In 1964, Hardy and colleagues performed the first chimpanzee-to-human heart transplantation. However the transplanted heart was unable to support the recipient circulation and bypass was discontinued after one hour.
The prospect of transplanting animal organs, tissue and cells into humans is looking increasingly promising, as progress is made towards overcoming the formidable barriers of cross-species rejection.
Few doubt that xenotransplantation could eventually bring important medical benefits, but there is still heated debate about the circumstances under which it should be allowed to cross the Rubicon from animal studies into the clinic, if at all.
The dilemma is that, when one tests animal-to-human transplants, one is also carrying out another, unwanted, experiment testing the remote, but real danger that animal viruses might jump to humans and cause man-made pandemics.
This concern has come to the fore over the past two years, just as earlier concerns about animal welfare and the ethics of xenotransplantation have faded.
Optimism that breeding disease-free animals might overcome viral risks has been dealt a blow recently by the discovery that pigs, the current donor of choice, harbour endogenous retro viruses that can infect human cells in vitro.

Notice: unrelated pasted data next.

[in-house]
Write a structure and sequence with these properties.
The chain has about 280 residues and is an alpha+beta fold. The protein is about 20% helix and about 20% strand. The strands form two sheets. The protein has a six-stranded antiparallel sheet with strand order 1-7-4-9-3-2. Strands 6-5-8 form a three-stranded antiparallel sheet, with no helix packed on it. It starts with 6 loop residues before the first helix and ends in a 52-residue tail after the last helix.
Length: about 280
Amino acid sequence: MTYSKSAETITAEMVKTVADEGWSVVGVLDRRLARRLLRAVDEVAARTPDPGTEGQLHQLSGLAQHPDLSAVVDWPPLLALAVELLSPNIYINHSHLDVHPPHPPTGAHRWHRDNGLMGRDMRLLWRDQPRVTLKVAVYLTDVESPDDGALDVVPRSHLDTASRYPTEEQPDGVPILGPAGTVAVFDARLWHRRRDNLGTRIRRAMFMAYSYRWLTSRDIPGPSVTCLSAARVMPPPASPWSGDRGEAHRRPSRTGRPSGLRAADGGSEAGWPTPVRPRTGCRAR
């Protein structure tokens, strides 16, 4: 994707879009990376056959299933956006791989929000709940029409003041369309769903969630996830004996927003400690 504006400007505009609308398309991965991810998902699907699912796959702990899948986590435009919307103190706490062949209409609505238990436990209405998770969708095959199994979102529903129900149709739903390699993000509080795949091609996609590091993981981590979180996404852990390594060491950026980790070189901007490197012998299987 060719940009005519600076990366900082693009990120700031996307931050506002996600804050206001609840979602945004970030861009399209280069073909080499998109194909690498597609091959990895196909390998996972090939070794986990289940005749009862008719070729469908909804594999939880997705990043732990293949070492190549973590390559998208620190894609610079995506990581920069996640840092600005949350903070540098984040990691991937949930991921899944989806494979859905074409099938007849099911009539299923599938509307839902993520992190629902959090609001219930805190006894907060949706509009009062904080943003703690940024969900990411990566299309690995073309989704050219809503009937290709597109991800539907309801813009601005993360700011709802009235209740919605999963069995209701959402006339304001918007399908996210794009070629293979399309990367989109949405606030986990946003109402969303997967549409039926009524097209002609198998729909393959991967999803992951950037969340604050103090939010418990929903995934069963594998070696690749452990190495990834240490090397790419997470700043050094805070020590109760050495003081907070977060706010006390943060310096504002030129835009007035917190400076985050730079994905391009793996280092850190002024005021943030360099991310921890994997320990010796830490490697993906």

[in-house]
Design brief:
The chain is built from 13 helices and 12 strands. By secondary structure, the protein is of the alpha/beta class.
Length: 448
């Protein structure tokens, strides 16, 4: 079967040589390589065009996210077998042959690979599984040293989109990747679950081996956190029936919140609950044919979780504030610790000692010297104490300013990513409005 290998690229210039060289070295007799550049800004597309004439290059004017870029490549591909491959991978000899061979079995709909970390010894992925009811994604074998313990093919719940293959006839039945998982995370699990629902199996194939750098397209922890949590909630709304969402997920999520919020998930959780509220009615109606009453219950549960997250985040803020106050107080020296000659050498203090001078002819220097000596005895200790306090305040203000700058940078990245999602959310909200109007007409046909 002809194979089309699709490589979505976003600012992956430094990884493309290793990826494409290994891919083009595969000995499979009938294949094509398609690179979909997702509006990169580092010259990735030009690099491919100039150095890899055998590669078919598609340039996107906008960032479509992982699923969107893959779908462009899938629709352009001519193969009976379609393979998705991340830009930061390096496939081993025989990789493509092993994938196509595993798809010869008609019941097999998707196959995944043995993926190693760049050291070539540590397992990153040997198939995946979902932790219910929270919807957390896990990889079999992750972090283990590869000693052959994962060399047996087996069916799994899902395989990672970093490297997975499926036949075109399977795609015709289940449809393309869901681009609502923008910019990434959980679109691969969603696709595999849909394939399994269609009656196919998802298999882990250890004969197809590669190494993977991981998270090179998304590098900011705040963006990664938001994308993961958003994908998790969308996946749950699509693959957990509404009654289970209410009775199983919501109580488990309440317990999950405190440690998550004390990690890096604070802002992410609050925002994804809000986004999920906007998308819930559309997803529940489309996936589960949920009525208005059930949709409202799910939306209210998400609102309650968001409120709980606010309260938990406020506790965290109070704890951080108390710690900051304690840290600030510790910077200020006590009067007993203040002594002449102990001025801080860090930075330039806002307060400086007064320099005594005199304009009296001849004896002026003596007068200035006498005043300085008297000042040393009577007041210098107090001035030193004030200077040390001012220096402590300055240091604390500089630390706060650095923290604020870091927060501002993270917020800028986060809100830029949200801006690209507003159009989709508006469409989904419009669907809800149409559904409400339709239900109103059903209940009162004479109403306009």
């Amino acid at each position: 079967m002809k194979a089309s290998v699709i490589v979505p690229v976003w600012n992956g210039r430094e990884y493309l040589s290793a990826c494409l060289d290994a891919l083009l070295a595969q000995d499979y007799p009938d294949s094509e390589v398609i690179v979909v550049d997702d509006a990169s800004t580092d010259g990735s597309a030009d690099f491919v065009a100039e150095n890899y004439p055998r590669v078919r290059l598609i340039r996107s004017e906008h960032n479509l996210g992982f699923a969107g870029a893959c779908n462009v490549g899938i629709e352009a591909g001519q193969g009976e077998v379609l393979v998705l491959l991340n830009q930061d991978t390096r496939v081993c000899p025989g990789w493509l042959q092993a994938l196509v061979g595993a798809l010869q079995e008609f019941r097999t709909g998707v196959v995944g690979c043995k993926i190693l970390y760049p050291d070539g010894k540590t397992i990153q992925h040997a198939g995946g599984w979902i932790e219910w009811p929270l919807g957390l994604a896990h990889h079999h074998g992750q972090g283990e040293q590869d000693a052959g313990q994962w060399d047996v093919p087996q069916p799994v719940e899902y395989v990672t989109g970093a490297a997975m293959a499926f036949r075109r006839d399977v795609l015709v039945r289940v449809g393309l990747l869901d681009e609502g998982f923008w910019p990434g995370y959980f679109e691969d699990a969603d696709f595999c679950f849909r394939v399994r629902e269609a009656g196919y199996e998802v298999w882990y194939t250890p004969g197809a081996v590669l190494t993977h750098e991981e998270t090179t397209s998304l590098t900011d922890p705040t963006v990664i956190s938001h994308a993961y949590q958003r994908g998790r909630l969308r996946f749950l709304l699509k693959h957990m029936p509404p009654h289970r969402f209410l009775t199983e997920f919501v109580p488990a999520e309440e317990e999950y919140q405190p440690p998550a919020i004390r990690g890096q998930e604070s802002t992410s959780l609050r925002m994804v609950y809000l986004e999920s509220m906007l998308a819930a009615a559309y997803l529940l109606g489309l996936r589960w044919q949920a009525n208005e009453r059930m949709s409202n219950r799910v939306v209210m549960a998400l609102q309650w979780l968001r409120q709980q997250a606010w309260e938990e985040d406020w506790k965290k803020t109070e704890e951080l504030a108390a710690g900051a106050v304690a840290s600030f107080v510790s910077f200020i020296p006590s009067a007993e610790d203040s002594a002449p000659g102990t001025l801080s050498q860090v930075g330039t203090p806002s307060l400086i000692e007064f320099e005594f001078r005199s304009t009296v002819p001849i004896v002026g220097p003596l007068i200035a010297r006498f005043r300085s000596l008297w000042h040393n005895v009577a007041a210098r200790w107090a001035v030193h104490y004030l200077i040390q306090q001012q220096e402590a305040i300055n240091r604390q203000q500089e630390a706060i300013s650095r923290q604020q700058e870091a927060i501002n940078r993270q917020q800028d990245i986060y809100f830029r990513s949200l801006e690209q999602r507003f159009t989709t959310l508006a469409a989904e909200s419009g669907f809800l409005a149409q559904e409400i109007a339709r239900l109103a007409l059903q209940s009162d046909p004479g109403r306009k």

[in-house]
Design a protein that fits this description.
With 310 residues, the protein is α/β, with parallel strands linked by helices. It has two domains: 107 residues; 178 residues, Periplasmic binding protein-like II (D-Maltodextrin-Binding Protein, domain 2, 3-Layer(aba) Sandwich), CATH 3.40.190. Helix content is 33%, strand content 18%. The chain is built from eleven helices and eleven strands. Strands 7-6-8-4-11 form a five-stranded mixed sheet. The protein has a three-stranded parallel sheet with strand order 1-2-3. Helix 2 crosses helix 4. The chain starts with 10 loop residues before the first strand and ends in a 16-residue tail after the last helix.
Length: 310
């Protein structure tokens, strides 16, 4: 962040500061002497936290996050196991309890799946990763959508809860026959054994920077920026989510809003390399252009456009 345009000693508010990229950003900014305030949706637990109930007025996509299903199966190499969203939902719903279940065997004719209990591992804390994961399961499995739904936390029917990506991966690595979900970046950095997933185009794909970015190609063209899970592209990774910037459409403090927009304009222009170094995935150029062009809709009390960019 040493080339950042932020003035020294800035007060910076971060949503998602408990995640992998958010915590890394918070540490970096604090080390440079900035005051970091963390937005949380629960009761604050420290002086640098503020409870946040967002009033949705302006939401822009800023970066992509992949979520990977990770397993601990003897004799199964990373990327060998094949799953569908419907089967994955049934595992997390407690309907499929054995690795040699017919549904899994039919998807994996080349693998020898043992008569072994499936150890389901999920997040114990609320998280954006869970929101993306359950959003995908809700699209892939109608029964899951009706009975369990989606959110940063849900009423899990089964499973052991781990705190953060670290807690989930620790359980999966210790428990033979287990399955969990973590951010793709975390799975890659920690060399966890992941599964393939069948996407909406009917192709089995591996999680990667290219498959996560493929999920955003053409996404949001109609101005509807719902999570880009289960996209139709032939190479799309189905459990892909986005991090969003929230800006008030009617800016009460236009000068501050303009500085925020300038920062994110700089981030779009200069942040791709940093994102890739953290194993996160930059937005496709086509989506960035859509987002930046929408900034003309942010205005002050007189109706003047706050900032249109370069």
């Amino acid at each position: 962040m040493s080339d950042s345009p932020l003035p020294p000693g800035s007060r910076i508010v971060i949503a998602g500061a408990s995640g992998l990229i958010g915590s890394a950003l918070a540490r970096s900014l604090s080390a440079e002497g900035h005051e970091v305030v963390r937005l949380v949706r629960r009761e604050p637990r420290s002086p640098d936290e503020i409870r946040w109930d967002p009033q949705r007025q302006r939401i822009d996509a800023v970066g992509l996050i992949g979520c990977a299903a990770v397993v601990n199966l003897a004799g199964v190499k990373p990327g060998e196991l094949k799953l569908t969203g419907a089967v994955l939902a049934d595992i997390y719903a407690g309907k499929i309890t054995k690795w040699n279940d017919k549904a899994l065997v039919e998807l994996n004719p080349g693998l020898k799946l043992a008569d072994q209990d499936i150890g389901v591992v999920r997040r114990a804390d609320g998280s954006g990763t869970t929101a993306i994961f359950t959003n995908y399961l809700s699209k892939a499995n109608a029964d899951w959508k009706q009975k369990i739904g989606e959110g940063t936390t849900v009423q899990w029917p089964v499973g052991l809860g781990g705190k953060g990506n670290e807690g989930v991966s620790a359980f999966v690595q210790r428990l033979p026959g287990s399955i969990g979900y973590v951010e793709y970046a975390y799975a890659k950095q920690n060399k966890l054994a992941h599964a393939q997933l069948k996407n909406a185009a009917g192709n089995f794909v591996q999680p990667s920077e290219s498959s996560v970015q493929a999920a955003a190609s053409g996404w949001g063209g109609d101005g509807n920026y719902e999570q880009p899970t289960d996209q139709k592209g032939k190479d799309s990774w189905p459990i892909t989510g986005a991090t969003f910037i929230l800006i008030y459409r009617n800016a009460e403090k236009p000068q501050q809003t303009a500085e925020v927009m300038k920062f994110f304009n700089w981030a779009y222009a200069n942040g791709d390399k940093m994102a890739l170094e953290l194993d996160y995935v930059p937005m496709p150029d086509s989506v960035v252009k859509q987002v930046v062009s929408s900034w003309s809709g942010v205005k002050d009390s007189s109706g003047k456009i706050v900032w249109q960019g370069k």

Multiple copies of retro viruses are integrated in the pig genome which suggests that breeding clean pigs will be extremely difficult.
The discovery was made independently by virologists Robin Weiss, at the Institute of Cancer Research in London, and David Onions, at the University of Glasgow.
Regulation of xenotransplantation in the United States is at a turning point with the imminent release of guidelines that will give the go-ahead to clinical trials.
No country has yet judged that the risks of xenotransplantation so outweigh the potential benefits that they justify a permanent ban on clinical trials. Debate is advanced in the United Kingdom and the United States, but is only just beginning in most other countries and at the international level.
The United Kingdom has, for the moment, the most stringent position of any country, and the need for a regulatory framework was prompted by the announcement in 1995 that Imutran, a Cambridge-based biotechnology pioneering company in xenotransplantation, planned to proceed with clinical trials of pig hearts.
UK guidelines for xenotransplantation
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